None of these stories has bupkis to say about real solutions to a real problem!
So I went looking and here’s what I found:
Currently, there are approximately eight does for every buck in the wild. Laws restrict the number of does that hunters may kill. Deer do not have monogamous mating relationships, and bucks will often mate with more than one female. As a result, the ratio of does to bucks sets the stage for a population explosion.
Allowing hunters to kill more does, however, does not resolve population problems. In the nineteenth and early twentieth centuries, the open hunting of does left fawns without mothers, and removed too many females from the breeding population. Sport hunting decimated deer populations in many states. As a result, states passed laws restricting the hunting of does. These policies have contributed to the overpopulation of deer.
Hunting does remove some animals from the population, but it does not keep deer populations at a continually reduced level. Immediately after a hunt, the remaining animals flourish because less competition for food exists, allowing the remaining animals to live healthier lives, and resulting in a higher reproductive rate.
Left alone by humans, the ratio of does to bucks would be approximately equal.
They want hunting banned. But that’s not all:
Many national, private, and state owned lands are open to logging… Companies demolish large stands of trees, rather than selectively taking trees from different stands of timber. This practice ill effects animals dependent on trees for food and cover. It also creates fields of additional “browse” vegetation for deer, causing a surge in deer population attributable to the introduction of this food source.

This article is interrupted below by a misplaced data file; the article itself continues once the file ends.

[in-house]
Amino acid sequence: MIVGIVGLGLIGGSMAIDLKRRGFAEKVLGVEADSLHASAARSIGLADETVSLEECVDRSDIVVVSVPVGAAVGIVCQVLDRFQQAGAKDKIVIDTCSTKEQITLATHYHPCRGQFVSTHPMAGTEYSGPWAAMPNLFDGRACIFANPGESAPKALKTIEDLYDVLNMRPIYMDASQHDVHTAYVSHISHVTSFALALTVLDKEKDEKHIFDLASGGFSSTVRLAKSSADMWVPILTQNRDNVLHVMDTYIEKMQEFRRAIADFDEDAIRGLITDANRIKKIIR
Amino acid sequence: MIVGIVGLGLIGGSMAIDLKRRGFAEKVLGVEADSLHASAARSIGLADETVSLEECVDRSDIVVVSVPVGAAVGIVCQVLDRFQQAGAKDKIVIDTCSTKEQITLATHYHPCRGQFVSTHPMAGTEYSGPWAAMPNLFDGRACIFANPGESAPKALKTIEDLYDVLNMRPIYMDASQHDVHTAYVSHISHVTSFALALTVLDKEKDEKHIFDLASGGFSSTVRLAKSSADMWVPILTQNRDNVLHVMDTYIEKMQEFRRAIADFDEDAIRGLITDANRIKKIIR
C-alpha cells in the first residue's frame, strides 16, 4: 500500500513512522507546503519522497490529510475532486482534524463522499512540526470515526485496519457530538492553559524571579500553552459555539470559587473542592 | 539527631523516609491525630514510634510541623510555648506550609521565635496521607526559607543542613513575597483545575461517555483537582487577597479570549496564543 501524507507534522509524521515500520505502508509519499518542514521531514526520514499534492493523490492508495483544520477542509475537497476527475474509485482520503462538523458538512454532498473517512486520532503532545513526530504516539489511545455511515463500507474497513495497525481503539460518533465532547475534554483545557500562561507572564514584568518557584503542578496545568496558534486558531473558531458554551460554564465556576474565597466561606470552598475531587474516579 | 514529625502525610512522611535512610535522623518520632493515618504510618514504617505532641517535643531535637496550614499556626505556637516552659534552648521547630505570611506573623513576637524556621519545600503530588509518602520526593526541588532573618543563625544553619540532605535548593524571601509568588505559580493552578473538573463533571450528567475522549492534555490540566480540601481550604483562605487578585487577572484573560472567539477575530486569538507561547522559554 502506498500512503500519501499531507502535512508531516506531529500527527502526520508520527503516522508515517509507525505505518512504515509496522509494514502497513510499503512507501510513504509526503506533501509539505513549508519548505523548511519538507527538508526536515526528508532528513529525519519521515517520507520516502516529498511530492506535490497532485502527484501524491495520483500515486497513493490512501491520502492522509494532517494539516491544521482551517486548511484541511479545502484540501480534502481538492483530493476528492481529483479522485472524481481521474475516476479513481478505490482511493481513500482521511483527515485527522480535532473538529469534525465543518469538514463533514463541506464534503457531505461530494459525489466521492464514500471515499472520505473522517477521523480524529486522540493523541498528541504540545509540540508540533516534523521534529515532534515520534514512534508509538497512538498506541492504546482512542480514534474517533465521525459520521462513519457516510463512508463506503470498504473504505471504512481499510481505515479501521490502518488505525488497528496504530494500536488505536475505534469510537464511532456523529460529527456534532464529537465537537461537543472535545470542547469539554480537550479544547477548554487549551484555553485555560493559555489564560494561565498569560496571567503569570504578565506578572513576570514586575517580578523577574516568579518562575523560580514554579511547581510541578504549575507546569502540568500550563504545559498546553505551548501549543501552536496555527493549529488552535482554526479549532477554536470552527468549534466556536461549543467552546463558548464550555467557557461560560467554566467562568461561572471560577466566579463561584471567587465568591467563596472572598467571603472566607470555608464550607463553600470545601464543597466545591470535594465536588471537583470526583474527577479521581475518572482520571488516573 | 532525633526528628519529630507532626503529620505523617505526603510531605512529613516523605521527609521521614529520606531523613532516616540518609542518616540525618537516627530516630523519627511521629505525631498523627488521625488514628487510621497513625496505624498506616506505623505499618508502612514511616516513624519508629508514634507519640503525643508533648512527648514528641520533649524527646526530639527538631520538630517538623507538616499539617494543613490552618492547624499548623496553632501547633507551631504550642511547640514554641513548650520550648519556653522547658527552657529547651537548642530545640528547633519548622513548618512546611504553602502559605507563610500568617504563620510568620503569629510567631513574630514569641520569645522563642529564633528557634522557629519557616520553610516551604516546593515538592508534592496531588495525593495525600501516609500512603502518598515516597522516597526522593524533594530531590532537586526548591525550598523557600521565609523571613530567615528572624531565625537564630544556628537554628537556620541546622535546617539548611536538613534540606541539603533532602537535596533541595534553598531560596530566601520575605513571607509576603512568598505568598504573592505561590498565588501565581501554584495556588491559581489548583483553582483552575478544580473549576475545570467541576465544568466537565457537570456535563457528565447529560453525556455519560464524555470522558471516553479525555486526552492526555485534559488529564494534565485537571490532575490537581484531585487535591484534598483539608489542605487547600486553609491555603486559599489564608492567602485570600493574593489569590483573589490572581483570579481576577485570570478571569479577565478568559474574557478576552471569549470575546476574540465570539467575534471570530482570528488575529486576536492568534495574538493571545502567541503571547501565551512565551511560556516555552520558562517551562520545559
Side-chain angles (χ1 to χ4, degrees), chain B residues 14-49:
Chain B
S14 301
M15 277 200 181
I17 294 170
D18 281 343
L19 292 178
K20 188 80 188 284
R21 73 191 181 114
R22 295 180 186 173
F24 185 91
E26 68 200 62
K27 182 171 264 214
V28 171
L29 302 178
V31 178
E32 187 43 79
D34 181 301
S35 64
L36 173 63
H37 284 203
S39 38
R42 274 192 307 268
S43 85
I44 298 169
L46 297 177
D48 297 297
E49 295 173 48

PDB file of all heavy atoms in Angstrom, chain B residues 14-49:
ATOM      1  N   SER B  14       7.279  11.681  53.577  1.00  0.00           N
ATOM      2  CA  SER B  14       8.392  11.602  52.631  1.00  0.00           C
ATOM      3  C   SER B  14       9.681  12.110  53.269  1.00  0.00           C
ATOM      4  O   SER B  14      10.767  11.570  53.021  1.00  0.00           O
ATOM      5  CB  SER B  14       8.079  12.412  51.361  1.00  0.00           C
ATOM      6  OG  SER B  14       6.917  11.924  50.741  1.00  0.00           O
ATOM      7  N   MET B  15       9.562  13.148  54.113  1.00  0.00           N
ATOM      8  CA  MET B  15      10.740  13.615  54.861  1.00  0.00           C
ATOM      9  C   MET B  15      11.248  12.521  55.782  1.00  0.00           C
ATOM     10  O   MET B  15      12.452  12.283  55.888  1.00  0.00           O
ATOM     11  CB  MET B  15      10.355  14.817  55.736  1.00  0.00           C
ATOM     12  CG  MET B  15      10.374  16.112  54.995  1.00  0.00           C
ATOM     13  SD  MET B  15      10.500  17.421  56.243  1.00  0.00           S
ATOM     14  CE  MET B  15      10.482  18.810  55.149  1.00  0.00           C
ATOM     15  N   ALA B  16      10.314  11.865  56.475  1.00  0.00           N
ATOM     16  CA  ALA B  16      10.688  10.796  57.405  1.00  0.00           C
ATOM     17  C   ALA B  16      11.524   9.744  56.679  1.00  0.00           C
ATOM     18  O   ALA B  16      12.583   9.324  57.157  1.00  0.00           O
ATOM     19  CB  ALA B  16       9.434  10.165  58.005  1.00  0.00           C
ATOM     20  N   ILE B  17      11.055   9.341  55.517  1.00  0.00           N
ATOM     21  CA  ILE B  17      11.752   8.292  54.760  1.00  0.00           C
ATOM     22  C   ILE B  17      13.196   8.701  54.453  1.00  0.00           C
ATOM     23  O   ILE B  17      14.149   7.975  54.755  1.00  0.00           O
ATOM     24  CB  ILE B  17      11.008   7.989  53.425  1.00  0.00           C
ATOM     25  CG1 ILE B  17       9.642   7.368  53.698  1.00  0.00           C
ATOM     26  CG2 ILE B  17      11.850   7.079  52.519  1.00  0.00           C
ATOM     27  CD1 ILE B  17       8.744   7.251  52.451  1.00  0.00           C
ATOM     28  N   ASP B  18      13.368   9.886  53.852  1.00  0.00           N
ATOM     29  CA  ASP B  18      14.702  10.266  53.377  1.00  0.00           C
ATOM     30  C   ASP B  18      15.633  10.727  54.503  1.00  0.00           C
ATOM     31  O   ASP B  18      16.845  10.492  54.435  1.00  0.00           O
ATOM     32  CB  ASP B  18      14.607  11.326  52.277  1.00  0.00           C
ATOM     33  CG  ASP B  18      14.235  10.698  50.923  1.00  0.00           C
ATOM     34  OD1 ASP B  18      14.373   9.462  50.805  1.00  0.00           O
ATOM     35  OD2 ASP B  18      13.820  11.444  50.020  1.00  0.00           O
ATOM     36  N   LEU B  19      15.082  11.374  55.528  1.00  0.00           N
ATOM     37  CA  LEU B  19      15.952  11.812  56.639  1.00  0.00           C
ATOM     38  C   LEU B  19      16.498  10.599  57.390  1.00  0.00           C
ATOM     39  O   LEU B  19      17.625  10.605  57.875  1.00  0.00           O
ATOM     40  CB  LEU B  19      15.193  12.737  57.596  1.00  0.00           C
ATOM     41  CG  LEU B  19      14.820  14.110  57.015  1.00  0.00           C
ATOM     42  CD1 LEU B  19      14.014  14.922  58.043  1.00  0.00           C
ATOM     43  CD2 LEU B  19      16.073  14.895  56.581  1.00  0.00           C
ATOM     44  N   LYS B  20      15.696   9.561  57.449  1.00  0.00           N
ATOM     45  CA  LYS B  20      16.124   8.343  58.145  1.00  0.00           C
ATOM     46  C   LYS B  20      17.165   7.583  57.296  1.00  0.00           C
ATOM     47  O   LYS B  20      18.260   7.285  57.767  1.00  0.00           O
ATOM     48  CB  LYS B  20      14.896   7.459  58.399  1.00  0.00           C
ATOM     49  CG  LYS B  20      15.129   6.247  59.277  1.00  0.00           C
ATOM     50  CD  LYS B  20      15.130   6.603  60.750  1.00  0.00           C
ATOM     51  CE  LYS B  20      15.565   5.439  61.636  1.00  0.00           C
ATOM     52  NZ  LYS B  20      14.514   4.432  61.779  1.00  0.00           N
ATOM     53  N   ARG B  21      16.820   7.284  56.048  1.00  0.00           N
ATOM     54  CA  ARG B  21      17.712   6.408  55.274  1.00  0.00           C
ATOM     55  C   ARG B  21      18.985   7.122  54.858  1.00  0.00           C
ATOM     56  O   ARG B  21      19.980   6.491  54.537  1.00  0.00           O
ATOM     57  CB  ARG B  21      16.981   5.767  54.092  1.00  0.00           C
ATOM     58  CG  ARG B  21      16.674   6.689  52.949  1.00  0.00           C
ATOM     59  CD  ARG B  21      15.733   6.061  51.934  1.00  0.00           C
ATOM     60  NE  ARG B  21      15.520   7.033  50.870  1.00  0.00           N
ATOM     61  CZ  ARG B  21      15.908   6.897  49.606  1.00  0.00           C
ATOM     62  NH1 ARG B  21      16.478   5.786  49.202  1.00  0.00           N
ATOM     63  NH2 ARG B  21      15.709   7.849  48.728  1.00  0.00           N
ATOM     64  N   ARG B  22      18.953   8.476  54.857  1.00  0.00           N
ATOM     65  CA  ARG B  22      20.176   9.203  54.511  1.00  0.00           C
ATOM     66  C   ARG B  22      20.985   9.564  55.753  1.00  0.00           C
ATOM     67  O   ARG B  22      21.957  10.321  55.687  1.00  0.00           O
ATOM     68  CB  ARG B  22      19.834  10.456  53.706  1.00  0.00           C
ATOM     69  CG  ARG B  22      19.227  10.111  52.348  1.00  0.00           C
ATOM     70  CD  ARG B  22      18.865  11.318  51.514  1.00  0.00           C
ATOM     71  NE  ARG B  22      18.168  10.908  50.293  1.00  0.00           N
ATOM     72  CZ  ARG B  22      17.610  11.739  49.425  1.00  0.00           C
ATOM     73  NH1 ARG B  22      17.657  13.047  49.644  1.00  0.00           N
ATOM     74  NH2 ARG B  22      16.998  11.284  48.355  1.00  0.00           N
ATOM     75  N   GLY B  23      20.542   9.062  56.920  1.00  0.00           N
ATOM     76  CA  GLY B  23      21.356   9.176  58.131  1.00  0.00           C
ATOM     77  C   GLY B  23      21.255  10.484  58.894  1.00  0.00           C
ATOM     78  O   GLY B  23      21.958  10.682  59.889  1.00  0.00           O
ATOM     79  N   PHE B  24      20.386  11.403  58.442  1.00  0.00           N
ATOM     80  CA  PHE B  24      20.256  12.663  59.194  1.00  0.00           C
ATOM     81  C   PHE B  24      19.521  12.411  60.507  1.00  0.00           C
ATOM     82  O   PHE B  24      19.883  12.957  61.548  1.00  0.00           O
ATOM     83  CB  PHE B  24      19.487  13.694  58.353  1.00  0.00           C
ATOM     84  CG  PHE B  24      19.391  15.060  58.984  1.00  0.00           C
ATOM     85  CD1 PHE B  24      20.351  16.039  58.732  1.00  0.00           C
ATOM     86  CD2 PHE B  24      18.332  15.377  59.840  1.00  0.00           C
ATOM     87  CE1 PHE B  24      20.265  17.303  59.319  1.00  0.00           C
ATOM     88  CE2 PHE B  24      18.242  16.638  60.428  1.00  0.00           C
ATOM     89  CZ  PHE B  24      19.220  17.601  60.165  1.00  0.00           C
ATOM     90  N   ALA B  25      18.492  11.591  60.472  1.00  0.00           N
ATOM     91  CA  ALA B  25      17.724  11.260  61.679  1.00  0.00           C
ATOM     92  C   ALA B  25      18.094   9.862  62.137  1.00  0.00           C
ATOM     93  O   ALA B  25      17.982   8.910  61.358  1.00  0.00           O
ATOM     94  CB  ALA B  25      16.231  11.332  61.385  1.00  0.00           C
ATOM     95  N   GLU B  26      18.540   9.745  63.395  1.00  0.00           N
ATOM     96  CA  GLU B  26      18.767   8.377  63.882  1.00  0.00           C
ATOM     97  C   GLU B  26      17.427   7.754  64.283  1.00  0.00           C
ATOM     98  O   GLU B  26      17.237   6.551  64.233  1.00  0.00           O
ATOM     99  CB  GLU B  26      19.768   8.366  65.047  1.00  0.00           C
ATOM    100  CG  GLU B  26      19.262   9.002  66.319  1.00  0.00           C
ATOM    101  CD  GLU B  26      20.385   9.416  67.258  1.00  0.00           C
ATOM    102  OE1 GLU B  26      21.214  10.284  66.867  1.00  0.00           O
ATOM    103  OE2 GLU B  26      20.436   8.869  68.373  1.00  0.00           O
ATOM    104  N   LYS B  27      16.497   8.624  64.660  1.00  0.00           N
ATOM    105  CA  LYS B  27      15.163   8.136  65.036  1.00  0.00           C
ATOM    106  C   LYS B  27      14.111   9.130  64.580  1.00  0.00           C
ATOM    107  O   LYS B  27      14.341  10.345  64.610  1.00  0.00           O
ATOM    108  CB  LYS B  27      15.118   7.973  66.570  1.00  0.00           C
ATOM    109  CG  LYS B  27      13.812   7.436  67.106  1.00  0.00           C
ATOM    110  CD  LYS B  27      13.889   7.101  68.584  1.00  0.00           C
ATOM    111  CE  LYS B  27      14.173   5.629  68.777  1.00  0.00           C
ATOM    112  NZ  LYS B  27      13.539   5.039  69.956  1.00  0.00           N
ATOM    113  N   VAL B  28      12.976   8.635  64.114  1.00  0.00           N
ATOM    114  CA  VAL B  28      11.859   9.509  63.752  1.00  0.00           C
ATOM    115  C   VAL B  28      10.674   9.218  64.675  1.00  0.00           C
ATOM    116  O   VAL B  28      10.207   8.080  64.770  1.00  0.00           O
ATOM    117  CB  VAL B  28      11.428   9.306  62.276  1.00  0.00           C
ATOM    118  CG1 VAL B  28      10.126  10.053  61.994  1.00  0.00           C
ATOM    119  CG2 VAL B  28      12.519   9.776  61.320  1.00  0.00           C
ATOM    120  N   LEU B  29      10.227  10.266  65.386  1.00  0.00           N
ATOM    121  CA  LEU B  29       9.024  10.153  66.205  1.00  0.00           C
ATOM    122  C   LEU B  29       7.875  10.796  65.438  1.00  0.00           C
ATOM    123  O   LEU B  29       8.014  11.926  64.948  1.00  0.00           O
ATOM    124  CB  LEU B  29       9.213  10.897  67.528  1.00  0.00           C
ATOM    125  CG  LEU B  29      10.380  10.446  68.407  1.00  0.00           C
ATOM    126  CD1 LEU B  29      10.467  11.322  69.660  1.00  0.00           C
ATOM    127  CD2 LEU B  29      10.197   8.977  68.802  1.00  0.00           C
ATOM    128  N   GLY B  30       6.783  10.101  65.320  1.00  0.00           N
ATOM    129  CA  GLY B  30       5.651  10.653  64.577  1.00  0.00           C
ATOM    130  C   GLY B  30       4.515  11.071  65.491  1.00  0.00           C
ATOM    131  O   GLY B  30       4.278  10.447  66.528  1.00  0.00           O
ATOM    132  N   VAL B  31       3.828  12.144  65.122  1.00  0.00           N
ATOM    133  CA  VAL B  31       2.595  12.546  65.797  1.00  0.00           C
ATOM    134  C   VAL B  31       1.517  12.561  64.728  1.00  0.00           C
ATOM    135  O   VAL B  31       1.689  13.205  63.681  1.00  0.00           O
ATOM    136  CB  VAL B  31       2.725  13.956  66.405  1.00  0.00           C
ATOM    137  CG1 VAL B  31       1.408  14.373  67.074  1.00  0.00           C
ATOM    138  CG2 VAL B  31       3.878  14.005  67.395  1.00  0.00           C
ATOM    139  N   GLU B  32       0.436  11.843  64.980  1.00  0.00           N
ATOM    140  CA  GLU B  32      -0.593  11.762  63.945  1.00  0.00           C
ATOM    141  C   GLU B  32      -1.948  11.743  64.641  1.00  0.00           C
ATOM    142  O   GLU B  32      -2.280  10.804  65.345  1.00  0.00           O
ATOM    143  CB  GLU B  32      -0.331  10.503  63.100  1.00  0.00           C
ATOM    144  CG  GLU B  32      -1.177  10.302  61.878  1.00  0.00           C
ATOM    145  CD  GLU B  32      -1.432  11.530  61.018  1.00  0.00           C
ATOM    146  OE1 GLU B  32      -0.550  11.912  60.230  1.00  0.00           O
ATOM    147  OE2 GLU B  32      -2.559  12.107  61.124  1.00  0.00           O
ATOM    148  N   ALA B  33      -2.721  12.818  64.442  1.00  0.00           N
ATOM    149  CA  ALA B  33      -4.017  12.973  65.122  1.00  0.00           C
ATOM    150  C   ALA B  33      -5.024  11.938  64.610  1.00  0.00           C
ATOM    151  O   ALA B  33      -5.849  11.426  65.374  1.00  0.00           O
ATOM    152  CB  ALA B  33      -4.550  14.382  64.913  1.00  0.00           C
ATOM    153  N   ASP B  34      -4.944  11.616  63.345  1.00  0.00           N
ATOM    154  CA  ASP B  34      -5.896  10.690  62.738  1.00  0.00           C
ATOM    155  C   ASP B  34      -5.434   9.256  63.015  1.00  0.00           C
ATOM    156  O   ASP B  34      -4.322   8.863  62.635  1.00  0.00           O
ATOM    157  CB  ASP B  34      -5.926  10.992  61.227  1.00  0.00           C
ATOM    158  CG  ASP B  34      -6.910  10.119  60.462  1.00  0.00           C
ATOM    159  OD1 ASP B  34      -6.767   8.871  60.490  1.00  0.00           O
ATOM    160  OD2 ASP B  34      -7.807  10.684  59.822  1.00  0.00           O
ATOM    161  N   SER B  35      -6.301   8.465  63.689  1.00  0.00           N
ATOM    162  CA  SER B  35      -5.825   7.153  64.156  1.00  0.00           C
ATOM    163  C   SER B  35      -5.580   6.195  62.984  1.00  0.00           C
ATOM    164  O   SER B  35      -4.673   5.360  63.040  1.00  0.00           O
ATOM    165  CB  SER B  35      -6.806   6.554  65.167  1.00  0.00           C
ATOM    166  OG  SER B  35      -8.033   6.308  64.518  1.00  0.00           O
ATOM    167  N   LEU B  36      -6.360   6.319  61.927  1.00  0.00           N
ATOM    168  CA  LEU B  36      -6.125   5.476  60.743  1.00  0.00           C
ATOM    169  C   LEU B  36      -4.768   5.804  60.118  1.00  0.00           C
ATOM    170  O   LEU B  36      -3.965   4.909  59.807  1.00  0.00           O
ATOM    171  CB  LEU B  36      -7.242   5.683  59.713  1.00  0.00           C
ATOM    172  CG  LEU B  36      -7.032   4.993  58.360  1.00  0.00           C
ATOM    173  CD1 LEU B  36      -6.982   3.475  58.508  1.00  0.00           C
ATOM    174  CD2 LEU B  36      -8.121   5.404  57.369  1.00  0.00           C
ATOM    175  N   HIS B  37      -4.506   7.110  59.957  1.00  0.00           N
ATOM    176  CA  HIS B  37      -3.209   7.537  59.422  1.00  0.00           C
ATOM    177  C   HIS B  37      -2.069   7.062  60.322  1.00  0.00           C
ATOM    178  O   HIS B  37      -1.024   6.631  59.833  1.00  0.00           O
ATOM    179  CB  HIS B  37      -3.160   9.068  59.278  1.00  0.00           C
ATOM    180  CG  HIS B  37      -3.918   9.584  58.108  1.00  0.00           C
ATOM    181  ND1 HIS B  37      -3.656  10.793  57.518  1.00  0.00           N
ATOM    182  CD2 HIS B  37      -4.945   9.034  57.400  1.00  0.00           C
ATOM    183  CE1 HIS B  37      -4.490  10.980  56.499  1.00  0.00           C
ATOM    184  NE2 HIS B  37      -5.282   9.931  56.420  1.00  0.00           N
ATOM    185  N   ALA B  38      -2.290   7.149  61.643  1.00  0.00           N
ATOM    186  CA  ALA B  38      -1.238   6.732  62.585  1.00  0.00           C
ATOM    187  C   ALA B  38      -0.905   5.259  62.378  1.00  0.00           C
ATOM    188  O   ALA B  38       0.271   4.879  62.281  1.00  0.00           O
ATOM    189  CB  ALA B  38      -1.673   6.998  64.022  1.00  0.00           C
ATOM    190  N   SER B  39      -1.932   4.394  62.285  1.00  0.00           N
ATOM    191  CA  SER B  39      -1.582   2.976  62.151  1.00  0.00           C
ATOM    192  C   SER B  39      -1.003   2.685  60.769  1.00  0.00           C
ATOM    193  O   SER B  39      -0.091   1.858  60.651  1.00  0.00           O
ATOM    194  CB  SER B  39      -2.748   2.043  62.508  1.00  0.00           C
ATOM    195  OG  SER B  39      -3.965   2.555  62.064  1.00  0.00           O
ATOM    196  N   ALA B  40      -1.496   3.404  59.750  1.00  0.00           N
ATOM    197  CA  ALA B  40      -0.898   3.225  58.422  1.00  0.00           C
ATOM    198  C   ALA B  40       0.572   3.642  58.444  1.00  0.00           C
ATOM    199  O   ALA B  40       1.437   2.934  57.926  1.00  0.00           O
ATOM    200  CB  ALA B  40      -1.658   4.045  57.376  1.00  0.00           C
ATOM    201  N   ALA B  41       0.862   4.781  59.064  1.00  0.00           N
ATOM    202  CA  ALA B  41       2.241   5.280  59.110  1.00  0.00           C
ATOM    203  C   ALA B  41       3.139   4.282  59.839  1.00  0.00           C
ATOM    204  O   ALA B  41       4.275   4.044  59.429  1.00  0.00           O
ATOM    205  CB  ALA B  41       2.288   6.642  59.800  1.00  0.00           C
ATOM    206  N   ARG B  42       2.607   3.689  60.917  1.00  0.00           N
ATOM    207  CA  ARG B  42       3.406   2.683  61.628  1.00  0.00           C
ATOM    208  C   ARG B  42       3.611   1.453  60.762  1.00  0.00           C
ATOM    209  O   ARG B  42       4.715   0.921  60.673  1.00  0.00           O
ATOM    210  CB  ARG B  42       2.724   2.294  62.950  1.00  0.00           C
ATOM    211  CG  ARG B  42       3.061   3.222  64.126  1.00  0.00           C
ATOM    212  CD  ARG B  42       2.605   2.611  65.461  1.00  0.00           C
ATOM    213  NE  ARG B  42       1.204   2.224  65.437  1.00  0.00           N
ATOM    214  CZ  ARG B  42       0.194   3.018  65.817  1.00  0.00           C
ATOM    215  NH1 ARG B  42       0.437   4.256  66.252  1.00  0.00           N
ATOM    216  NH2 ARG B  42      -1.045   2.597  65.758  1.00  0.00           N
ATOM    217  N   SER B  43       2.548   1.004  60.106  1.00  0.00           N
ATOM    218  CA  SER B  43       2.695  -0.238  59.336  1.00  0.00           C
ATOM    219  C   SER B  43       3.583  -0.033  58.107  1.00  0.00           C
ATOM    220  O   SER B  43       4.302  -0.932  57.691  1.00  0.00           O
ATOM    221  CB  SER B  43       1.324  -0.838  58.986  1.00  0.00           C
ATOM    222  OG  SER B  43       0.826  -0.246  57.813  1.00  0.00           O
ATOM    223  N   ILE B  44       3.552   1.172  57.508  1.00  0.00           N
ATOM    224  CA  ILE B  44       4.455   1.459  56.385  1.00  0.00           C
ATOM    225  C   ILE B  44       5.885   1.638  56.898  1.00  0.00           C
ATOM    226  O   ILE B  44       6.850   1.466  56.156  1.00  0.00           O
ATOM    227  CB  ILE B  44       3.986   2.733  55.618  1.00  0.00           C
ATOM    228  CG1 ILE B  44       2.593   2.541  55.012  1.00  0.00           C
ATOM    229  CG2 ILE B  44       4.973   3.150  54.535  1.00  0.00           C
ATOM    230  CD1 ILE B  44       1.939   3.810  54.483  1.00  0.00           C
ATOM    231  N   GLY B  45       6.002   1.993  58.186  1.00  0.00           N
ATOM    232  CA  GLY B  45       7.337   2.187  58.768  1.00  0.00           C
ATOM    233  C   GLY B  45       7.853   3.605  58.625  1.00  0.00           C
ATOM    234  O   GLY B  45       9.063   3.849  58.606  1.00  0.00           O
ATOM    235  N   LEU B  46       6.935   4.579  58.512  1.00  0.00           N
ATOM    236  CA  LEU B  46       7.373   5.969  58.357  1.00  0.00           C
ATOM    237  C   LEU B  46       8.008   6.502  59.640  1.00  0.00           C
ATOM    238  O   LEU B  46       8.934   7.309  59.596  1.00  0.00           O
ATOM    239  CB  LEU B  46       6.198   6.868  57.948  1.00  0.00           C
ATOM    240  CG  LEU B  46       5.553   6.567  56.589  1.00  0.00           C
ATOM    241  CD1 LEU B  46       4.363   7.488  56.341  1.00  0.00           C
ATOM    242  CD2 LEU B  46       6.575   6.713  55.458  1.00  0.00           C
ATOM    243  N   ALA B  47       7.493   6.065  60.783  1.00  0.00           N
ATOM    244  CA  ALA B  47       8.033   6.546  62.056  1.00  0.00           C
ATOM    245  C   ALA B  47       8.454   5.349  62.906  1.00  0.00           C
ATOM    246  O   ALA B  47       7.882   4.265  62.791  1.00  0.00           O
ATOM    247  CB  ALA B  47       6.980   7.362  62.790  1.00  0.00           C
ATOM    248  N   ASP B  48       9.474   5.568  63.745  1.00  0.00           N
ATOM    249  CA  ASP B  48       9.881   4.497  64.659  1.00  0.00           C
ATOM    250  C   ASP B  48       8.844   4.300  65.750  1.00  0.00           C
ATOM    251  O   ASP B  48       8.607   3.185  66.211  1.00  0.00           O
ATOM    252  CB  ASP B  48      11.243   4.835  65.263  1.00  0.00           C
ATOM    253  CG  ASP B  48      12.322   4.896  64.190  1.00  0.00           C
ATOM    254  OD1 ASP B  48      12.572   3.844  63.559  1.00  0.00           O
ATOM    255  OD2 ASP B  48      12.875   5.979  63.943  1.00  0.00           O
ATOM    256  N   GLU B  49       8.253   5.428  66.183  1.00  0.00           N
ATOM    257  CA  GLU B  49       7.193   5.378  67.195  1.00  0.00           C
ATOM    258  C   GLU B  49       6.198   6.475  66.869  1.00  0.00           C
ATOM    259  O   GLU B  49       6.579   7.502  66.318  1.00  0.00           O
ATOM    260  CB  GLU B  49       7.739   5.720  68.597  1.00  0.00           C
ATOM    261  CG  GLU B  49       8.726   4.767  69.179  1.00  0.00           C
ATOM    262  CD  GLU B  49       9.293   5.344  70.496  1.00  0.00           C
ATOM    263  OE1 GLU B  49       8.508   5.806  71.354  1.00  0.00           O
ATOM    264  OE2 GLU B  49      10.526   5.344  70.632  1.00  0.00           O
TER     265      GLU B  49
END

Ã¢â‚¬Â¢ Ban sport hunting.
Ã¢â‚¬Â¢ Reintroduce natural predators, such as wolves and mountain lions, where possible.
Ã¢â‚¬Â¢ Maintain existing populations of natural predators.
Ã¢â‚¬Â¢ Ban clear-cut logging.
Ã¢â‚¬Â¢ Allow fires to burn naturally in wildlife areas. Limit new human habitations in wildlife areas, decreasing the risk of property damage in the event of a fire, and making controlled burns a more acceptable wildlife management tool.
Ã¢â‚¬Â¢ Prevent humans in residential areas, state parks, and federal parks from feeding deer. Deer should be reliant on their own habitat for food.
Ã¢â‚¬Â¢ Erect high fencing around crops and plants. Electric and sturdy fencing increase the effectiveness of this deterrent. Fences should be at least eight feet high and buried one foot deep. Openings in the fence should be small. Contact a university agricultural extension office or landscape business before purchasing and installing your fencing.
We’ve got a deer problem and, while media stories show empty pictures and laugh at what they think are funny deer stories, that problem’s getting worse. One thing is clear to me, we’d all benefit from more humane education.
The Castle Doctrine
The talk of the town this week here is a violent home invasion in which the invader shot the homeowner and was shot and killed himself by the homeowner’s son. As it happens, on the Talk of the Nation Thursday the focus was the Castle Doctrine: